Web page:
The number of dwelling approvals increased by 3.1% in February, according to ABS figures released yesterday, but one industry spokesgroup says this only goes to show Australia’s housing market remains on a ‘knife’s edge’.
Master Builders Australia chief economist, Peter Jones, says the headline increase in dwelling approvals gives a false picture of a housing recovery, despite the fact private sector houses rose 0.5%.
Jones, welcomes the improvement, but says he’s concerned that a negative trend has developed.
"Despite the improvement in the seasonally adjusted figures that were buoyed by an unusually high public sector housing figure, a negative trend has emerged in the 'other' dwellings sector (units and apartments). The overall negative trend in approvals is very worrying…Despite green shoots and early signs of a recovery, momentum has failed to build.”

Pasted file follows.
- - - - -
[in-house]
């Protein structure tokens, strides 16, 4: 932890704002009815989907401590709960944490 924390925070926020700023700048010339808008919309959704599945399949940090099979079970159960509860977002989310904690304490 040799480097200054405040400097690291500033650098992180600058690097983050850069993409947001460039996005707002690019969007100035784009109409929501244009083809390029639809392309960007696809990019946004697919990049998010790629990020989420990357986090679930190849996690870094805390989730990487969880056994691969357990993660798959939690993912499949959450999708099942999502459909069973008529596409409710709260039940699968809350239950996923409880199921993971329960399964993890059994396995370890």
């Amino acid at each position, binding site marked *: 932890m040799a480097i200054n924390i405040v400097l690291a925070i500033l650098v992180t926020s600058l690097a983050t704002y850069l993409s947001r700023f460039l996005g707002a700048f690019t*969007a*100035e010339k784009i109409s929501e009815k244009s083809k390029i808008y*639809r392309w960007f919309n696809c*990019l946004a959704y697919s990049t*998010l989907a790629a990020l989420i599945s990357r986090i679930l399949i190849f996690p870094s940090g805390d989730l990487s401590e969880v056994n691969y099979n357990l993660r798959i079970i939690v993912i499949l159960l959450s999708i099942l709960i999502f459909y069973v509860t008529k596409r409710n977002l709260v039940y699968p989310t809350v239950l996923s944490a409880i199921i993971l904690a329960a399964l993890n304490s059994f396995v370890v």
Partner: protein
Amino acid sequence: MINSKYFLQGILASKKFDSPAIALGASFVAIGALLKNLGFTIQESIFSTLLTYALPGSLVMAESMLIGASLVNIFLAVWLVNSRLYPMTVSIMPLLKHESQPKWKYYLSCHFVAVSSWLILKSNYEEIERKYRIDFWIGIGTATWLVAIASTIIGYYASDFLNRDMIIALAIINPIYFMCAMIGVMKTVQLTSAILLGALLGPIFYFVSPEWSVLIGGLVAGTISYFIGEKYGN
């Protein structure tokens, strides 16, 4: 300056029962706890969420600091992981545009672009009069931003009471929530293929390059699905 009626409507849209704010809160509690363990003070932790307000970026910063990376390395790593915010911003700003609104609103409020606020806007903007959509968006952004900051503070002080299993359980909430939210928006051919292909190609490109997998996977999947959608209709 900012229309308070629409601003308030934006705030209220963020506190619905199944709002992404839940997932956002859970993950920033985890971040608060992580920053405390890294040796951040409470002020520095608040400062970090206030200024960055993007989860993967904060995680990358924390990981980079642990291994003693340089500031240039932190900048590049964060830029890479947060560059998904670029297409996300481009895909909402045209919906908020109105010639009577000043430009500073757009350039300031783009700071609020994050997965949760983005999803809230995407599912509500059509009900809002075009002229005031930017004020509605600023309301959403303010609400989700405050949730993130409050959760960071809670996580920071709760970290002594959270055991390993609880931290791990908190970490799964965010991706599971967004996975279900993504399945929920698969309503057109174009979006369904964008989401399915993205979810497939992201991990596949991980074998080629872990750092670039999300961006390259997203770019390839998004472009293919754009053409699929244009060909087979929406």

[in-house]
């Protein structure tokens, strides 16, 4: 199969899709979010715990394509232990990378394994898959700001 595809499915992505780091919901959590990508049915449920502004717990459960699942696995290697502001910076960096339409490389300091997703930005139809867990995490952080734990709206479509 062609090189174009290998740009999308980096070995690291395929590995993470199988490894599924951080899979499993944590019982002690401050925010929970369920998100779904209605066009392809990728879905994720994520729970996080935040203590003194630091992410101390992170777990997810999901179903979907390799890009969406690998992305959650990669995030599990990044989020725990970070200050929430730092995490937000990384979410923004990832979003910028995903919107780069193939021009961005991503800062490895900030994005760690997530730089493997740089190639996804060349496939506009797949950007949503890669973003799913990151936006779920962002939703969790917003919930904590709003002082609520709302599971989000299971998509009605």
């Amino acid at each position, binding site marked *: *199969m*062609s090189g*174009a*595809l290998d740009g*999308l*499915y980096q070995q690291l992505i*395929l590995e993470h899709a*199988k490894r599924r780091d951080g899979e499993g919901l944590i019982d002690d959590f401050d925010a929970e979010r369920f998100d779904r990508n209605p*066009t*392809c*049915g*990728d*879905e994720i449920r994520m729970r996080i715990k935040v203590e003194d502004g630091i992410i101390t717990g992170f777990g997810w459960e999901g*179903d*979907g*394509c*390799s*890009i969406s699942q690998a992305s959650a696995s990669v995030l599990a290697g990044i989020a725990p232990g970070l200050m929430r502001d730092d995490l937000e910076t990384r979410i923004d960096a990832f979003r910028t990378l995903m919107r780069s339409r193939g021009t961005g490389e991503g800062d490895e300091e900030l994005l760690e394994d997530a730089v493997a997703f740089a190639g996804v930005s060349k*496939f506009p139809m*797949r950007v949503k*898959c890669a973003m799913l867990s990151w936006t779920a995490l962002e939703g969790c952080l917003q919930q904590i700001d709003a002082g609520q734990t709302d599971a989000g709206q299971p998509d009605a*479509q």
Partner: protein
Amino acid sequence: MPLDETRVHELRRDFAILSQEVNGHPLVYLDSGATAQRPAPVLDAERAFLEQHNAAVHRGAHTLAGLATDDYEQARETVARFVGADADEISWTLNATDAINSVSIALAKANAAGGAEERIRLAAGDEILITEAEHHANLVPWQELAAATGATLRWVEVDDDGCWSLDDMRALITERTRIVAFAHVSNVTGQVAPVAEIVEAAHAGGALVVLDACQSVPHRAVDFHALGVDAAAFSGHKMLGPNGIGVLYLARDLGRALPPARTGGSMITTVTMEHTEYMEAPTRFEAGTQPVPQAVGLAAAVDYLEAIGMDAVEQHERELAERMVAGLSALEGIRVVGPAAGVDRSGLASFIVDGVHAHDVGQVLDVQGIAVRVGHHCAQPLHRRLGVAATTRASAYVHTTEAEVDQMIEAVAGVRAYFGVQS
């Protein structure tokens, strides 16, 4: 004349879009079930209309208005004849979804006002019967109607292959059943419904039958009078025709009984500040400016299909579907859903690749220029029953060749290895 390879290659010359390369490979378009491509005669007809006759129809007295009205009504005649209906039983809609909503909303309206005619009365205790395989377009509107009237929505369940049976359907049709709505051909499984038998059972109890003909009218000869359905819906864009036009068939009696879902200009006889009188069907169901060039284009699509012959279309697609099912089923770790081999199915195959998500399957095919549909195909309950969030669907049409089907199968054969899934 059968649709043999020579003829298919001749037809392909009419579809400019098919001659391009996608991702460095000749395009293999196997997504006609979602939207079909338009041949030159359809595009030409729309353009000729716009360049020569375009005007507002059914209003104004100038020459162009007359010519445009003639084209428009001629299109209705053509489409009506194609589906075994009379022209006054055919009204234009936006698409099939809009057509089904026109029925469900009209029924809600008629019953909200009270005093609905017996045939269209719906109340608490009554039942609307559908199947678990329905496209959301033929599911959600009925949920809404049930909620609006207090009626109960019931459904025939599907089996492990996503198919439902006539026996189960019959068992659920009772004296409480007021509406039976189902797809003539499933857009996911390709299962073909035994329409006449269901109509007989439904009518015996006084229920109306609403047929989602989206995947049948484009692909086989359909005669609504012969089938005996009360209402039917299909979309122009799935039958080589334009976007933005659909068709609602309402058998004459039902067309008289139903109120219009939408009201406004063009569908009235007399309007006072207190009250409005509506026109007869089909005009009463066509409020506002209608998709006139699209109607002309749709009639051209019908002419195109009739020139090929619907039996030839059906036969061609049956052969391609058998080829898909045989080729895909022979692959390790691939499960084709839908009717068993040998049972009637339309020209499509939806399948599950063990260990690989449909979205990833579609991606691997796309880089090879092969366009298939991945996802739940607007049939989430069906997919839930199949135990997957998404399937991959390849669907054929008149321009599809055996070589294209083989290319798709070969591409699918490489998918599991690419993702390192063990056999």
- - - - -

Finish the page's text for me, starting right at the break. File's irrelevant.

However, HIA economist, Geordan Murray, is more optimistic.
"We have seen indicators of consumer sentiment improve over recent months and we may well be seeing an early sign that this is flowing through to activity on the ground,” says Murray. “After two consecutive months where approval numbers slipped back it is pleasing to see a material improvement in February.”
But Jones says the industry had been hoping for a much stronger recovery to take hold and that the feedback from stakeholders is that conditions are still ‘tough’.
"Time is running out for a sustained recovery in the building industry and the Reserve Bank must consider further interest rate cuts to encourage growth in the non-mining sectors of the economy.”